Wildthorn by Jane Eagland

Seventeen-year-old Louisa Cosgrove longs to break free from her respectable life as a Victorian doctor’s daughter. But her dreams become a nightmare when Louisa is sent to Wildthorn Hall: labeled a lunatic, deprived of her liberty and even her real name. As she unravels the betrayals that led to her incarceration, she realizes there are many kinds of prison. She must be honest with herself – and others – in order to be set free. And love may be the key…

From the blurb, I was expecting a different sort of story. I thought there might be a chance that Louisa would indeed be mad, which would make her an unreliable narrator. Then, the reader would need to parse everything Louisa said to determine which parts of her story were true and which ones were false. However, the story is a lot more straightforward than that. Louisa has been unknowingly sent to Wildthorn, an asylum for the mentally ill and insane, by the people she trusted to look out for and care for her. For the first two thirds of the book, the story alternates between Louisa’s present incarceration at Wildthorn and her past, starting with her childhood and going up to the time she’s committed.

From the first couple of chapters, it becomes pretty clear the direction the story is headed in. As a child, Louia is a proper Victorian English mother’s worst nightmare. She’d rather play with her brother’s toys, conduct scientific experiments, and study medicine under her father than do the activities expected of a proper lady. She’s constantly told that who she is and what she does is wrong and a danger to proper female sensibilities. As such, it becomes clear that her un-feminine interests and behavior are the reasons she’s sent to Wildthorn in the first place. It’s a black-and-white portrayal of gender and insanity in this time.

The story itself was not badly conceived and the writing was engaging and fast-paced. However, especially considering how I originally thought the story would be told, I couldn’t help but think it was somewhat simplistic. I know it’s not fair to judge a book on what you thought it would be versus what it actually is, but I still wished this story had been told differently. The “point” was that in this time and place, people could and did use mental illness and insanity to explain away why their mothers/sisters/daughters weren’t acting as they were supposed to and to discredit their words and actions. Still, I thought this story could have been more eerie and nuanced if there were the possibility that Louisa did have a mental illness of some sort. It would have helped in exploring that line in how people and societies determine who’s “normal” and “sane” and what the criteria is and how ideas of gender contributed to those sorts of assignations. (My academic side is showing.) After looking online, it turns out this book is inspired by the true-life story of a sane woman who was incarcerated for madness. I understand what the author was trying to do, but the execution did not work for me.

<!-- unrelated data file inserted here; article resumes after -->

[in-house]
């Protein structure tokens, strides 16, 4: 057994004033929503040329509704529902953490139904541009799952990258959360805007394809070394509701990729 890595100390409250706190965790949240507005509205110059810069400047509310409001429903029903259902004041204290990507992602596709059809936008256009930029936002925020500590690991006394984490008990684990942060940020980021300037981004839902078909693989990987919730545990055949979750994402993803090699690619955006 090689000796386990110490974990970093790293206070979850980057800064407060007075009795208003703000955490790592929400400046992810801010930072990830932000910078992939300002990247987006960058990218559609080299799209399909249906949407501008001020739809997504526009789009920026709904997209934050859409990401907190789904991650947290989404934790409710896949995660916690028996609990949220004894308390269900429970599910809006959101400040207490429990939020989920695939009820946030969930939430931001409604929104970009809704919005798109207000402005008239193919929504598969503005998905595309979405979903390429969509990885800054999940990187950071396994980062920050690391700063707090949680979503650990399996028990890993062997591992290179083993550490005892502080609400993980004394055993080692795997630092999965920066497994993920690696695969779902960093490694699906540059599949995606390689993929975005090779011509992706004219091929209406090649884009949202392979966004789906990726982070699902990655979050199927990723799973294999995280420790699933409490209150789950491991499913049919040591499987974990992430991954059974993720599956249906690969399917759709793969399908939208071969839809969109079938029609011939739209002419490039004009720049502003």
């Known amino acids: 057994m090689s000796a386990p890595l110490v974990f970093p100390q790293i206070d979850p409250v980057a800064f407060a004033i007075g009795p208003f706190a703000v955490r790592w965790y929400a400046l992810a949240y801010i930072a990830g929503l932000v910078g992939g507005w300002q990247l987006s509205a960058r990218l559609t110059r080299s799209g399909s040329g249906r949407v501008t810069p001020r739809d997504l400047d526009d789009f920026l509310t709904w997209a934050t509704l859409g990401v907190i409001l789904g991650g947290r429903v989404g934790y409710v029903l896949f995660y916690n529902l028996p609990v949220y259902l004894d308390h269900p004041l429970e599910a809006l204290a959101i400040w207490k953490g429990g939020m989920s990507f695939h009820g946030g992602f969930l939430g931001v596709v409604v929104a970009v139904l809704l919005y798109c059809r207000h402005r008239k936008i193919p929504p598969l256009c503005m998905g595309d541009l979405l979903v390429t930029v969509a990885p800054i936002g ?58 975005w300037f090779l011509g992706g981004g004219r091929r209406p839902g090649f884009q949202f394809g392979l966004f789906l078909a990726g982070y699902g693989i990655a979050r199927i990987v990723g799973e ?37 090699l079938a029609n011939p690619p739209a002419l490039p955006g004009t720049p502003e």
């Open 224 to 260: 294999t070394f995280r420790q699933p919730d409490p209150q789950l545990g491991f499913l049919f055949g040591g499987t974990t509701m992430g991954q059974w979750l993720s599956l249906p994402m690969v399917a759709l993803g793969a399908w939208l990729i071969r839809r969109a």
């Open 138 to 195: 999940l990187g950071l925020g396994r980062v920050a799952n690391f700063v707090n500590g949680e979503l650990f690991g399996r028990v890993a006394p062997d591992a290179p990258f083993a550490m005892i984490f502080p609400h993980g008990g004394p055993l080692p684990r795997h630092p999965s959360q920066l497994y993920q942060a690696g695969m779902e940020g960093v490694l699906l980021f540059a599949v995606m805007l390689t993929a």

That being said, Louisa’s own story was engaging enough. I especially enjoyed the flashbacks and seeing how Louisa’s interest in medicine develops and culminates in her desire to go to medical school in order to become a doctor. The parts that take place in the asylum were suitably creepy and horrific with how the attendants debased and actively mistreated the inhabitants. A common theme throughout is how Louisa’s words and wishes are never listened to, either because she’s a girl or because people think she’s insane, and therefore no one needs to listen to her or believe anything she says. A “mad” girl who says she’s sane is about as believable as a girl who says she understands science. I liked how this parallel was portrayed. I was also really happy with the unexpected, but no less appreciated, realization of Louisa’s that she loves women and the developing romance between Louisa and Eliza, an attendant at Wildthorn. I thought the author did a good job keeping Louisa’s feelings separate from her other contrary, unfeminine attitudes and actions. In other words, it was clear that her liking women didn’t stem from not being a proper lady; the two were mutually exclusive.

This isn’t a bad book and it does what it intends to do well. My problems with the book stem from the fact that it wasn’t the story I wanted to read. It was more straightforward and clear-cut than I’d have liked, and I maintain my belief that actual madness would have benefited the story overall. For anyone who isn’t familar with gender and mental illness in Victorian England, this is a good book to start out with. Otherwise, this book feels all too familiar and repetitious.

Disclosure – library


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